The situation is reminiscent of the transatlantic crisis before the Iraq war when France and Germany refused to follow the US hard line. But this time Washington may not get its way.
"America believes the IAEA (International Atomic Energy Agency) must be true to its purpose and hold Iran to its obligations," Bush said in a speech in London on Wednesday.
The United States charges that Tehran is using what it says is a peaceful nuclear program as a cover for secretly developing atomic weapons.
Washington wants the IAEA to take tough diplomatic action against Iran but is strongly opposed by France and Germany as well as Britain, which was America's staunchest ally over Iraq.
The European position has majority support, including Russia, non-aligned and Latin American countries, on the 35-nation IAEA board of governors that is meeting Thursday at its Vienna headquarters, diplomats said.
Israeli Prime Minister Ariel Sharon on Wednesday called on EU president Italy to pressure Iran for guarantees about its nuclear programme.
Israel considers the Iranian nuclear program a serious threat to its existence.
Washington wants Iran to be declared in non-compliance of the nuclear Non-Proliferation Treaty (NPT), particularly for secretly making small amounts of plutonium and enriched uranium, while the European big three think this could lead Tehran to pull out of working with the IAEA.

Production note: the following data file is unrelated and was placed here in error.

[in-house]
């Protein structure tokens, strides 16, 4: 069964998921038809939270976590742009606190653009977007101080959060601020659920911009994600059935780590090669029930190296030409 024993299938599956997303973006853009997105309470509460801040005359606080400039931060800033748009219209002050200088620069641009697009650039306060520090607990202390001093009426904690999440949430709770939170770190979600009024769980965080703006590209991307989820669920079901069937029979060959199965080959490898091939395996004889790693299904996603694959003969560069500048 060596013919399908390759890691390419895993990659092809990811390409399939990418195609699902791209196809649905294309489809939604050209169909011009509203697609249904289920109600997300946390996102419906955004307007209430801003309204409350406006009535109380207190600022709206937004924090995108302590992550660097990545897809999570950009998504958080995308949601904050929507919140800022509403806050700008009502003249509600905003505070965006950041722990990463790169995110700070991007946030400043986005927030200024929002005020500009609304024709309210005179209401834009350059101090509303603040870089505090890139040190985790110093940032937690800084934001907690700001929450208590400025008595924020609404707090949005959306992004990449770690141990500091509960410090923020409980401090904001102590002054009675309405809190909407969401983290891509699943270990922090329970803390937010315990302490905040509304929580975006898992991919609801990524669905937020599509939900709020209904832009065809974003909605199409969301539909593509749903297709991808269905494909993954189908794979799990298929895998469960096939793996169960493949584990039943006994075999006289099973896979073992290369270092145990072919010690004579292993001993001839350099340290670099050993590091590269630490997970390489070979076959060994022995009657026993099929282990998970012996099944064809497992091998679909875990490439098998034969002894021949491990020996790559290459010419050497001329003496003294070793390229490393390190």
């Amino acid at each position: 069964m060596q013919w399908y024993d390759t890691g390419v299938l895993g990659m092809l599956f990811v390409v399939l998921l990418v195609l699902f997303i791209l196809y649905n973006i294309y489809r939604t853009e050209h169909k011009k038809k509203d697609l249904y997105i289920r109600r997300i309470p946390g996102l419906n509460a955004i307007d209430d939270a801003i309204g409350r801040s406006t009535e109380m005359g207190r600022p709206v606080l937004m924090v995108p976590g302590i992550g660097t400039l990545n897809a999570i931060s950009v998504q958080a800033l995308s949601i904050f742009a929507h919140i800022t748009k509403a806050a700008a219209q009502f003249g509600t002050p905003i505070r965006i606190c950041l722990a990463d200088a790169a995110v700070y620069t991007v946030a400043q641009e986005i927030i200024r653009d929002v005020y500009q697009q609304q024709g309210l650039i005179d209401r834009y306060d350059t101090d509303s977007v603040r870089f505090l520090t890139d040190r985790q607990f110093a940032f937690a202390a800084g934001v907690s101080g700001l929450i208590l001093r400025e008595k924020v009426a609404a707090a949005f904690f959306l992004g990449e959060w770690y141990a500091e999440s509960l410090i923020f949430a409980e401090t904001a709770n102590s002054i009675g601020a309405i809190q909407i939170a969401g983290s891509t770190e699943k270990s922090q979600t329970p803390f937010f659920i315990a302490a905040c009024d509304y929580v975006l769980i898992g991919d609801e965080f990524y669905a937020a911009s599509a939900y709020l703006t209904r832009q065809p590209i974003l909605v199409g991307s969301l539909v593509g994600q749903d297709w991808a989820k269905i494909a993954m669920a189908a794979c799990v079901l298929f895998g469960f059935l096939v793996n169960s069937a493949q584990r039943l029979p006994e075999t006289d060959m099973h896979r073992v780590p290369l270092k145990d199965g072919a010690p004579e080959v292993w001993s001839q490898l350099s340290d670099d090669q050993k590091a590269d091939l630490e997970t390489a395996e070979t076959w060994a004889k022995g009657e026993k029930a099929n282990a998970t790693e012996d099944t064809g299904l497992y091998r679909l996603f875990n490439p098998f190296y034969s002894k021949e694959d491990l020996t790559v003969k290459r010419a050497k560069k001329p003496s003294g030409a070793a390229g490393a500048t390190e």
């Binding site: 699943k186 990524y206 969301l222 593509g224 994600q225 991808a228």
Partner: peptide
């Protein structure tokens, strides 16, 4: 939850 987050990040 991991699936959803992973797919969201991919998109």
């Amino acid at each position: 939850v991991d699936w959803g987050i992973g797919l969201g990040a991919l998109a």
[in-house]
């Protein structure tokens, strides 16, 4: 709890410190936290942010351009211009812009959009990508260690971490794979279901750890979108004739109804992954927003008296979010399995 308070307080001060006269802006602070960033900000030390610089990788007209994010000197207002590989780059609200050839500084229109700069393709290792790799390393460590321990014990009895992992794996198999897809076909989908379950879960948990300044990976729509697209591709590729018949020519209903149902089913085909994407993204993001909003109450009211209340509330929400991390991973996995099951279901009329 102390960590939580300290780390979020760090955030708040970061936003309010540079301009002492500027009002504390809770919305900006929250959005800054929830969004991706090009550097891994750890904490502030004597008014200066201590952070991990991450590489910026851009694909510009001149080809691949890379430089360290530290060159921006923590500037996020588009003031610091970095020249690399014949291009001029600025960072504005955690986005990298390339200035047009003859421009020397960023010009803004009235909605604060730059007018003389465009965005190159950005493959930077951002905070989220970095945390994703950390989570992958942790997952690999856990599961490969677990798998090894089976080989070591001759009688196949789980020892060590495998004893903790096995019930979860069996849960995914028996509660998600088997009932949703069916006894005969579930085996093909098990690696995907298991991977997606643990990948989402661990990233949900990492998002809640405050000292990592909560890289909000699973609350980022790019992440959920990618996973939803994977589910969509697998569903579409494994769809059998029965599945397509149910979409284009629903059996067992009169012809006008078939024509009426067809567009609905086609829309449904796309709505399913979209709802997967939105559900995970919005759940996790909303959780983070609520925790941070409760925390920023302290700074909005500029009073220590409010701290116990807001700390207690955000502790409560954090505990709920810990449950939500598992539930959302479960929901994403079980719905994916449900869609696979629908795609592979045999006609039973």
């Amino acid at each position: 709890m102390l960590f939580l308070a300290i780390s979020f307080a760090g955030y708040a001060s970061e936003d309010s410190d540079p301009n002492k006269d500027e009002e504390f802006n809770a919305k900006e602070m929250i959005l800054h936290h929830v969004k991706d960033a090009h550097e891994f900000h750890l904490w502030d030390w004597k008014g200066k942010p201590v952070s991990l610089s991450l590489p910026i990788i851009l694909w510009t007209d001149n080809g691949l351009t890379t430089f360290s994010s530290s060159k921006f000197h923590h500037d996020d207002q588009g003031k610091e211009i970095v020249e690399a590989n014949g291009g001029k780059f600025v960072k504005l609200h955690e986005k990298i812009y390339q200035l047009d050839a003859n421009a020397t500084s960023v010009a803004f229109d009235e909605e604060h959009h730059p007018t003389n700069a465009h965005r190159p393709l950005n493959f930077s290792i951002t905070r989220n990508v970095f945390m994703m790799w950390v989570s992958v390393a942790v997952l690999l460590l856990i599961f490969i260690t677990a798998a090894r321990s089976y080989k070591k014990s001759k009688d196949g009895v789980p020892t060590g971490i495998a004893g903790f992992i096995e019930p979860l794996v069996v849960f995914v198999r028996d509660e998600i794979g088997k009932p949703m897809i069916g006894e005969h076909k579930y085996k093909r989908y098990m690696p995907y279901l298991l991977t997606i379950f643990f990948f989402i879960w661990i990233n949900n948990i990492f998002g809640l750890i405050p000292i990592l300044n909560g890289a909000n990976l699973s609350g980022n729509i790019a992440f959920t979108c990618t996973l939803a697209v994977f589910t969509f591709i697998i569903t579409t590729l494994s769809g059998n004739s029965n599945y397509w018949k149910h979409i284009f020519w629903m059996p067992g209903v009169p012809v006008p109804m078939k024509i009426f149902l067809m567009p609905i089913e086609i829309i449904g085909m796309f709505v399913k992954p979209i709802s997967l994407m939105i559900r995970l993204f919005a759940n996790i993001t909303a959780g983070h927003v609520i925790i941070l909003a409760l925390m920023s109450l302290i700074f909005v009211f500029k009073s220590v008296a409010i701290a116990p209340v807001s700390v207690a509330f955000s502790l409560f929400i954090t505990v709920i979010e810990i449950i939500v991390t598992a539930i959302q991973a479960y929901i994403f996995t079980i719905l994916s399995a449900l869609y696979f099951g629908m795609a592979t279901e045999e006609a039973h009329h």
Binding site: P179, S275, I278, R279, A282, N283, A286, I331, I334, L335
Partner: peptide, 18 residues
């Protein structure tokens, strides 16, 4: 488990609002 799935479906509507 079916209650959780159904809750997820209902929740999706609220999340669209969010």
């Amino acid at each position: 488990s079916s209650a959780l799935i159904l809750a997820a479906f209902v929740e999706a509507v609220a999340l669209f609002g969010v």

A non-compliance ruling would bring the issue before the UN Security Council, which could then impose sanctions on Iran, a move Tehran has warned would cause an international crisis.
In a report last week, IAEA chief Mohamed ElBaradei detailed Iranian nuclear violations but said there was so far no evidence Iran was trying to make the bomb, a conclusion Washington dismissed as "simply too impossible to believe."
A draft resolution from the European big three prepared for the IAEA board meeting avoids citing Iran for non-compliance despite ElBaradei's reporting 18 years of hidden suspicious activities.
The British, French and German foreign ministers won key concessions of cooperation with the IAEA on a visit to Tehran on October 21, and want to avoid moves that might scale back further cooperation.
But US Secretary of State Colin Powell on Tuesday described as "just deficient" European readiness to treat Iran's change in attitude since October 21 as a new beginning.
Powell complained that the EU draft contained no "trigger mechanisms" setting performance benchmarks to determine whether Iran is to avoid diplomatic or other sanctions.
The EU's foreign policy chief Javier Solana stressed at a joint news conference with Powell in Brussels that the British, French and German foreign ministers had secured a pledge from Iran to agree to snap IAEA inspections and to suspend uranium enrichment.
The United States would like to see this suspension made permanent but Iran's top national security official said Wednesday that Iran would refuse this.
The gap between the US and European views is so great that "there is no certainty there will be a resolution," when the IAEA board meets, a diplomat in Vienna said.
Washington may be able to live with this, since there is another IAEA board meeting in March and more Iranian violations may be revealed before then, diplomats said.
But they said the EU was working on a revised text, possibly hardening the resolution by referring to "breaches" by Iran, after extensive lobbying from states like the Netherlands, New Zealand, Australia and Canada on behalf of the US position.